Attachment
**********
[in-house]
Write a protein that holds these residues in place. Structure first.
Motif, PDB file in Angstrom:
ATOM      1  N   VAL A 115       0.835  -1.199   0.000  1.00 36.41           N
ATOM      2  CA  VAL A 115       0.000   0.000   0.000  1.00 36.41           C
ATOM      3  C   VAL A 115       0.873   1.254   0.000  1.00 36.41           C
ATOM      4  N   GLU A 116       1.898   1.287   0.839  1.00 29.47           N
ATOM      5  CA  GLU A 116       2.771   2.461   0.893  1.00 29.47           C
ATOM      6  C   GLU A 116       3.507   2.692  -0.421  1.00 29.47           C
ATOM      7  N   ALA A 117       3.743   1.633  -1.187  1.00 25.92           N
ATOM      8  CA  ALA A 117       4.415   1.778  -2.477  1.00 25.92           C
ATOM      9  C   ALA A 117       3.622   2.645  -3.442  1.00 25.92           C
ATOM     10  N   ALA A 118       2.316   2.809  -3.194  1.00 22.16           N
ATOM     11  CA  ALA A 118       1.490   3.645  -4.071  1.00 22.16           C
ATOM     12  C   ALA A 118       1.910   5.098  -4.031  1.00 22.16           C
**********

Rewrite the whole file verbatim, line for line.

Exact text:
[in-house]
Write a protein that holds these residues in place. Structure first.
Motif, PDB file in Angstrom:
ATOM      1  N   VAL A 115       0.835  -1.199   0.000  1.00 36.41           N
ATOM      2  CA  VAL A 115       0.000   0.000   0.000  1.00 36.41           C
ATOM      3  C   VAL A 115       0.873   1.254   0.000  1.00 36.41           C
ATOM      4  N   GLU A 116       1.898   1.287   0.839  1.00 29.47           N
ATOM      5  CA  GLU A 116       2.771   2.461   0.893  1.00 29.47           C
ATOM      6  C   GLU A 116       3.507   2.692  -0.421  1.00 29.47           C
ATOM      7  N   ALA A 117       3.743   1.633  -1.187  1.00 25.92           N
ATOM      8  CA  ALA A 117       4.415   1.778  -2.477  1.00 25.92           C
ATOM      9  C   ALA A 117       3.622   2.645  -3.442  1.00 25.92           C
ATOM     10  N   ALA A 118       2.316   2.809  -3.194  1.00 22.16           N
ATOM     11  CA  ALA A 118       1.490   3.645  -4.071  1.00 22.16           C
ATOM     12  C   ALA A 118       1.910   5.098  -4.031  1.00 22.16           C